Writer: Andi Watson
Artist: Simon Gane
Publisher: SLG Publishing
Plot: Juliet, an art student with a bohemian lifestyle, has a hard time walking the thin line between love and her art.
Comments: Andi Watson seems to be very particular about his publishers or maybe just the opposite, I canít figure that one out. He did a lot of books for Oni Press, especially Little Star, which I hold very dear. But now Watson is working with Image Comics to publish his Glister comics, and Paris is being released by SLG Publishing. Go figure.
Does this prologue to this review of Paris have a point? Well, what Iím trying to say is that for a Watson fan (which I am!), itís pretty hard to keep track of what is getting published when and where. Thank god for the Internet. Without it, I would miss out on a lot of Watson's excellent comics.
So, yes, I missed out on the single issues of Paris. My bad. However, buying this trade was a real treat. Iím always impressed with the way SLG handles their products. This book looks and feels like a graphic novel the way Will Eisner intended it to be. And I love the smaller-than-a-comic-but-larger-than-manga format. It reads well, and it can comfortably travel with you anywhere (I suggest you read the book between art classes; your teacher wonít notice).
Being a fan of Watsonís work, I was a bit disappointed at first that Andi didnít do the art for this book. However, that disappointment lasted only a second or two. To have Simon Gane do the art for this narrative is the best move since Jamie Delano doing Hellblazer again. It allows Watson to concentrate solely on the writing and plotting of the script without keeping a brush in the other hand to make his own words come alive.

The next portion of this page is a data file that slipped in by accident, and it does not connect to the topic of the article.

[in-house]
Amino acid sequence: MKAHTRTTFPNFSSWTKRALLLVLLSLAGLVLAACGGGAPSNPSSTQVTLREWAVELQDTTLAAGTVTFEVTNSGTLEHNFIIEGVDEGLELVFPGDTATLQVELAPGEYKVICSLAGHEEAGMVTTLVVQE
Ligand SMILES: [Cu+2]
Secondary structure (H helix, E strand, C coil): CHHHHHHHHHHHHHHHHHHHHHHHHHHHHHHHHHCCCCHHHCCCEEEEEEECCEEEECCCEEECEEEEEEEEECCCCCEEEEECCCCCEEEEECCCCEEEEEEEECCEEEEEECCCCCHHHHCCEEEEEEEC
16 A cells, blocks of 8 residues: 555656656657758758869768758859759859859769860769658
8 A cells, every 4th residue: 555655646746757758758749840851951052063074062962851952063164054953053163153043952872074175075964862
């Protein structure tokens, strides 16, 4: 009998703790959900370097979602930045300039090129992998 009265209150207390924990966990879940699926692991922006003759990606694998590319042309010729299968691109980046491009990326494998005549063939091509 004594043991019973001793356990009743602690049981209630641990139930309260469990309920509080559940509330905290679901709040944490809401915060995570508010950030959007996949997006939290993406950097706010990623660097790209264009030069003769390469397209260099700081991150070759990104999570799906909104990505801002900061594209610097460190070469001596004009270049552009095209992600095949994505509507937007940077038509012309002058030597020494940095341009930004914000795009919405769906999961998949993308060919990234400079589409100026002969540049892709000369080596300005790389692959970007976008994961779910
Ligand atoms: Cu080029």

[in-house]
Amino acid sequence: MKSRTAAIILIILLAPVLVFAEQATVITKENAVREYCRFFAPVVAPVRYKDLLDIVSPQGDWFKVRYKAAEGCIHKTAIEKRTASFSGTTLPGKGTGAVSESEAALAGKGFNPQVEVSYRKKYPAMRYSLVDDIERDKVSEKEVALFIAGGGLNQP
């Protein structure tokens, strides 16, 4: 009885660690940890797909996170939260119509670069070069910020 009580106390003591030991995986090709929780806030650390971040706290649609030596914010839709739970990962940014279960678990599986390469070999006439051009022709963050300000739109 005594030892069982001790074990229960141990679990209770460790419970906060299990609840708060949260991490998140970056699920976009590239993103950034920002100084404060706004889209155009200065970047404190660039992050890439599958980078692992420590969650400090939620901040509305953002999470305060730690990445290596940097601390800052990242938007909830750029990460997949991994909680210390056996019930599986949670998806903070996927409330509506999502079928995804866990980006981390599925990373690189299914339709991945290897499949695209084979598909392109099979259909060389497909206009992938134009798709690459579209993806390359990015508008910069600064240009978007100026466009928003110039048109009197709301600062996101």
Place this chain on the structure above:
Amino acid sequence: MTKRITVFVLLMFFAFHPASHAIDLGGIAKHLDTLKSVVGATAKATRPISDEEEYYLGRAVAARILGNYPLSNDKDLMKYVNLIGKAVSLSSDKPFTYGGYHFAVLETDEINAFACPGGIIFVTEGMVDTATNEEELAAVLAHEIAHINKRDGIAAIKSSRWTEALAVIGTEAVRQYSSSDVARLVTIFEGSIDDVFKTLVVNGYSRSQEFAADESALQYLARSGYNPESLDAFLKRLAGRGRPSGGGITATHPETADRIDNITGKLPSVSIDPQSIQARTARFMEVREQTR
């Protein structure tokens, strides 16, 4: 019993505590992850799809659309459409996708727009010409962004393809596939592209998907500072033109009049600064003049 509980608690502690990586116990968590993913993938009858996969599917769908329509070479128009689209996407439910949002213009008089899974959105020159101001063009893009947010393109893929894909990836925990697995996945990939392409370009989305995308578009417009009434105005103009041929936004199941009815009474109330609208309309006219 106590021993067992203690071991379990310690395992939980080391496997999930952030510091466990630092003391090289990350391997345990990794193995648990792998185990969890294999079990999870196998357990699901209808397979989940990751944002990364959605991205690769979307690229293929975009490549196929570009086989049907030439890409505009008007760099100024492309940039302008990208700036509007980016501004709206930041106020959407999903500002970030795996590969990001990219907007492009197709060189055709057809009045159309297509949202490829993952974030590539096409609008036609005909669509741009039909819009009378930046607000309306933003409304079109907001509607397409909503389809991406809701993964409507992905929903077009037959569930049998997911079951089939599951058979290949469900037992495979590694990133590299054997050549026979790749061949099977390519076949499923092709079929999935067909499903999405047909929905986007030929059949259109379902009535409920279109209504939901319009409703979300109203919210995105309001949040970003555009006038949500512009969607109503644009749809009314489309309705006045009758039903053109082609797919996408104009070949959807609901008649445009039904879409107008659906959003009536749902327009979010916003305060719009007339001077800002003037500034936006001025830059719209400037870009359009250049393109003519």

The story is a first-rate love story, but not in the Hollywood style (I said first-rate!). Itís more reminiscent of French cinema, such as FranÁois Truffautís Jules et Jim. Although this story plays out in Paris during the 1950s, you donít need any subtitles for this art-house tale. We meet a lot of wonderful eccentric characters, but it is Juliet, the leading lady, who I adore. She really lives the bohemian life, without any money and all for art. Well, she actually does have room for some love.
My description may sound a bit cryptic, but I want to avoid revealing anything about the ups and downs of the story, so donít read the back cover of this graphic novel. Just delve right in. The confrontations between characters are funny and vibrant and create a terrific sense of verisimilitude.
However, the main attraction is the brilliant art by Simon Gane. After just a few pages, I was already in love with his style. He is adept at using little picturesque scenes that become a magnificent world to discover. The details are numerous and just lovely. Ganeís mis-en-scenes are a sheer enjoyment, and he makes Paris the place to be. Additionally, Gane only needs a few facial lines to create depth in character, emotion, and the look of being in love.
Paris is the great narrative of love.
For more information about this reviewer, go to www.martijnform.com.
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